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What to do if you’re an imperfect candidate

You just read an employment ad for what you think would be the perfect job. The problem is, your skills and experience aren’t a perfect fit for the role. There’s really no point in sending in a résumé, right?

 Before letting discouragement or doubt get the best of you, take a moment to assess whether submitting an application really would be a waste of time. If your qualifications diverge sharply from what the employer requests — for example, if the firm asks for five years of experience in a certain specialty, and you have just one — it isn’t worth your time or the employer’s.

 But if your skills and experience are close to what the organization seeks, it may very well be worth tossing your hat into the ring. Many companies are now realizing that being too exacting during the recruitment process can lead to missed opportunities to hire talented professionals with strong potential.

 You need to consider yourself from a hiring manager’s perspective and build a case that shows why you’re the best person for the position. Here’s some advice:

 Underscore your results

If you already know you can’t fulfill a potential employer’s checklist for the ideal candidate, keep the focus on what you can offer. The same goes for instances where you exceed the outlined qualifications.

 Turn the spotlight on accomplishments that will catch a hiring manager’s eye, especially efforts that demonstrate a track record of saving previous employers time or money. For instance, maybe you identified a major problem with a new computer installation based on a pattern of customer complaints, and your quick action to resolve the issue not only kept the project moving forward, but also allowed the company to beat its deadline for implementation.

 Be honest

Acknowledge your shortcomings, but also emphasize how your strength in a particular area — such as project management — could make up for weaknesses in another — your lack of supervisory experience, for instance.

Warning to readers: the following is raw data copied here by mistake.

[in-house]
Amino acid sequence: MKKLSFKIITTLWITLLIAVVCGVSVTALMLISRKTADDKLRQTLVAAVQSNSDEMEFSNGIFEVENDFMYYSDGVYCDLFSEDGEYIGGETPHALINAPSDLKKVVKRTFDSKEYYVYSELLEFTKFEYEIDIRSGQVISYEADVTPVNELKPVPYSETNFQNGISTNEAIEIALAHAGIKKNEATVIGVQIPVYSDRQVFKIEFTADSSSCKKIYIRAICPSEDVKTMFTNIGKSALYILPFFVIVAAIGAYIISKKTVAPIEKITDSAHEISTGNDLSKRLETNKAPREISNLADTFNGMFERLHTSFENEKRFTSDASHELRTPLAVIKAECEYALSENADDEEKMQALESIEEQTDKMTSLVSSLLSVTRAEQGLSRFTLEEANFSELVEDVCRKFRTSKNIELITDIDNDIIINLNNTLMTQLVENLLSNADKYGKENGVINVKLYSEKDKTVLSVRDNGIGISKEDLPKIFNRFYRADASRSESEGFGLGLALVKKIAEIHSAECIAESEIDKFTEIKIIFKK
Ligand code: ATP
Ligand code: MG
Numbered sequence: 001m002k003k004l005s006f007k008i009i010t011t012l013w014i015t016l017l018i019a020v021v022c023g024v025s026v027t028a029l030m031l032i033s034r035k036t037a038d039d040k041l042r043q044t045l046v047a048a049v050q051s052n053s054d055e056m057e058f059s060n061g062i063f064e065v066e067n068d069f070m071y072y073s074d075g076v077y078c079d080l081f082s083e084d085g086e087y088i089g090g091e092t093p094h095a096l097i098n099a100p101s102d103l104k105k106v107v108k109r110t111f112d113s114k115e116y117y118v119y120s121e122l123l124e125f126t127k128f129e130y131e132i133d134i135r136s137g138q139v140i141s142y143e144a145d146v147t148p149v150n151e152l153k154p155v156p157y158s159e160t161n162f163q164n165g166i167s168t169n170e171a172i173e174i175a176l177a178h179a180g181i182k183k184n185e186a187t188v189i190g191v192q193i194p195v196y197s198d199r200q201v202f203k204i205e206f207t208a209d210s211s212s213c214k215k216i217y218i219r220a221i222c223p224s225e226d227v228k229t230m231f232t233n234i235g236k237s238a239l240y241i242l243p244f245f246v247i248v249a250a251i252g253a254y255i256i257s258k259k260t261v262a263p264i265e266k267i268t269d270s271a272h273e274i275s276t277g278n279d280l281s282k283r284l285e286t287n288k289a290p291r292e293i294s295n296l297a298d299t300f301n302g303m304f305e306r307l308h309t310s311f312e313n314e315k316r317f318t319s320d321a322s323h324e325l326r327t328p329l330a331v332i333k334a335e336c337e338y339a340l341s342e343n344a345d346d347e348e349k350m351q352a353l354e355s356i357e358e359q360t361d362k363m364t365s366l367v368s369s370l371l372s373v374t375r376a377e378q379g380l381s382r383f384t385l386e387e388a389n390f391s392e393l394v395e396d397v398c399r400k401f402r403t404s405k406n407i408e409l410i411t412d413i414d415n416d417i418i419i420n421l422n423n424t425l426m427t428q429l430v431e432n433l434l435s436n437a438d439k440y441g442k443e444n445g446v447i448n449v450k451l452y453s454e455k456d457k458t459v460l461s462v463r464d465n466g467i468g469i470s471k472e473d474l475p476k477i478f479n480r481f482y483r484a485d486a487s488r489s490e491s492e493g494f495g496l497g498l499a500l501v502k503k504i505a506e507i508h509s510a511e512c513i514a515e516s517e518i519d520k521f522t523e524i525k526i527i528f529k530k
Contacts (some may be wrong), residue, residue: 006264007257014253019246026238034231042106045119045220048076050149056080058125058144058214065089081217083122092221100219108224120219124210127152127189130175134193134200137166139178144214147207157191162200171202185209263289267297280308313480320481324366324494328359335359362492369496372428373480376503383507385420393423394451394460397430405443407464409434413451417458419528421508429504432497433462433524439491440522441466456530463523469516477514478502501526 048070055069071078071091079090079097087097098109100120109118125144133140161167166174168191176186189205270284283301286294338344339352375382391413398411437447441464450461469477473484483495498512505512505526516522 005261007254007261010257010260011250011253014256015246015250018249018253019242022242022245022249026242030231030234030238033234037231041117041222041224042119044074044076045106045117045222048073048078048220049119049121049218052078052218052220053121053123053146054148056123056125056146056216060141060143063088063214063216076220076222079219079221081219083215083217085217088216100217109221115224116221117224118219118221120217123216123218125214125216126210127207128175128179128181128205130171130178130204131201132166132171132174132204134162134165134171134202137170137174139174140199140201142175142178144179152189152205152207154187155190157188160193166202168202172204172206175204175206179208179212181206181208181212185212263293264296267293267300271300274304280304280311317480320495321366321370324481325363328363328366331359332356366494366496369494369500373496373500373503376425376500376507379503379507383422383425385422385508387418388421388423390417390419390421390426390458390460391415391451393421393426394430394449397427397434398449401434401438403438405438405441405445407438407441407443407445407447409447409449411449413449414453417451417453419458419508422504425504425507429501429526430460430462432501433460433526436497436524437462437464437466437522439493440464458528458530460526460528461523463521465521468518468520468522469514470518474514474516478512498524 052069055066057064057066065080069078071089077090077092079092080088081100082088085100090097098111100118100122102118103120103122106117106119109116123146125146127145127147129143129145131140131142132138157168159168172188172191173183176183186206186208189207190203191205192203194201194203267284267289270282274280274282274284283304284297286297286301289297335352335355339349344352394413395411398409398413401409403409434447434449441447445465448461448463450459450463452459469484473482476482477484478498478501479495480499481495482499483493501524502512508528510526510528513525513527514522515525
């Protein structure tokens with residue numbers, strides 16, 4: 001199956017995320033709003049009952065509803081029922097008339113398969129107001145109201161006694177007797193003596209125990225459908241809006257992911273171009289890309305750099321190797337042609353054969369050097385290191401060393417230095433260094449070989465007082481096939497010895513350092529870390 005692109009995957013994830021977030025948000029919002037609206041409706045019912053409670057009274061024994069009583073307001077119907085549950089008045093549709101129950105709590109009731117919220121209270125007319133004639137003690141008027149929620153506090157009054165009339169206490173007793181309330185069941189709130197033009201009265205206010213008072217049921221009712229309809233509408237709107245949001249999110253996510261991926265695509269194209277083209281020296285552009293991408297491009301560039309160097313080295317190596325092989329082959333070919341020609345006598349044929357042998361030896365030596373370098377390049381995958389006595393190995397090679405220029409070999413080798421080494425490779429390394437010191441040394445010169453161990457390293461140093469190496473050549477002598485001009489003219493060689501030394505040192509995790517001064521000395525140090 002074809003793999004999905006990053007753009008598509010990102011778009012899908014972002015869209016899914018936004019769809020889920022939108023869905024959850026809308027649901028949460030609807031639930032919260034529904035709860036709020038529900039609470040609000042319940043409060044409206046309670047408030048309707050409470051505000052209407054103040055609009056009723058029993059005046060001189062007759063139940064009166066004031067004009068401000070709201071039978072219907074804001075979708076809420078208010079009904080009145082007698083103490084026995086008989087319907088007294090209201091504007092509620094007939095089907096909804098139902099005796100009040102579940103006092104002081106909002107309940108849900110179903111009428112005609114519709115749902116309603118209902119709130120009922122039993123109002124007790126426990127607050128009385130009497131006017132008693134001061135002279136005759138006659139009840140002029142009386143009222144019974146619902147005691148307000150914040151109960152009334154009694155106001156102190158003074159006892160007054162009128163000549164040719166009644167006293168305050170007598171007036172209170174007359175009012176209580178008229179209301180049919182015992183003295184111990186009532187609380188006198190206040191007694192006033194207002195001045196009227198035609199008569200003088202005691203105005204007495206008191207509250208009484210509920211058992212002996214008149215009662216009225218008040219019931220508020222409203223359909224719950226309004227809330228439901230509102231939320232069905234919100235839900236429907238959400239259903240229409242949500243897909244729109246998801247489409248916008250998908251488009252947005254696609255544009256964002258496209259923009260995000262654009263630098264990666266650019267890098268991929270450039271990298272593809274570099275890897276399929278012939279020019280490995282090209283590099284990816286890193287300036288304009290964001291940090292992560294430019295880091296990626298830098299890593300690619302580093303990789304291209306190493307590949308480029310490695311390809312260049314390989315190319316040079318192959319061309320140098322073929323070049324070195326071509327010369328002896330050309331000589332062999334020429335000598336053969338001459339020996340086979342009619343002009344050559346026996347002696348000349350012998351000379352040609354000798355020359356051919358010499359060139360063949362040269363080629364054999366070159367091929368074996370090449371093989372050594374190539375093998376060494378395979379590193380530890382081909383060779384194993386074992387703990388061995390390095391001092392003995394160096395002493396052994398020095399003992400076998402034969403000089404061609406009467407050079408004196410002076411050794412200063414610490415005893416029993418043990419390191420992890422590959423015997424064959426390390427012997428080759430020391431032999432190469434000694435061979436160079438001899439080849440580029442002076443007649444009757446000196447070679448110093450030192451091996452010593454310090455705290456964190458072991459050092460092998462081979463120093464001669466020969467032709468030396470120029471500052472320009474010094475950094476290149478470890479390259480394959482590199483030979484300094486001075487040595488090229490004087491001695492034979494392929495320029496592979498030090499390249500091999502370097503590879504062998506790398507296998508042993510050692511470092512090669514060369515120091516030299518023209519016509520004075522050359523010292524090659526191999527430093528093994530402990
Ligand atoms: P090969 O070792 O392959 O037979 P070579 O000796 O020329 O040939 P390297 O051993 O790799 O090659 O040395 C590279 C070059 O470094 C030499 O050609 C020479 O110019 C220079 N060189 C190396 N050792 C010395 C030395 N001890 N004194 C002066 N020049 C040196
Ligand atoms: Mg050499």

And when you sense you’re a bit overqualified for a position, use your cover letter to explain sincerely why the job appeals to you. For instance, perhaps the employer is a company you’ve always admired and feel you are already in sync with its business culture.

 Just remember, no matter how much you want a job, never stretch the truth in an attempt to improve the odds of getting an interview. Your misrepresentation could easily be uncovered during the hiring process and damage your reputation.

 Find an inside connection

If you’re a near fit for a job, a referral from someone who can speak to the hiring manager on your behalf could be invaluable. Ask those in your network if they — or someone they know — can put in a good word for you.

 Social networking sites can be especially helpful in uncovering individuals who may have an in at your target firm. Just be thoughtful when requesting assistance. You should have established trust and credibility with anyone you ask to go to bat for you.

 It may take some work, but if you can demonstrate you have the potential to succeed in a role that seems slightly out of reach on paper — or that may not be exactly in line with positions you’ve held in the past — a hiring manager may decide to take a chance on you.


By Robert Half Technology

With more than 100 locations worldwide, Robert Half Technology is a leading provider of technology professionals for initiatives ranging from web development and multiplatform systems integration to network security and technical support. Robert Half Technology offers online job search services at Follow Robert Half Technology on Twitter at

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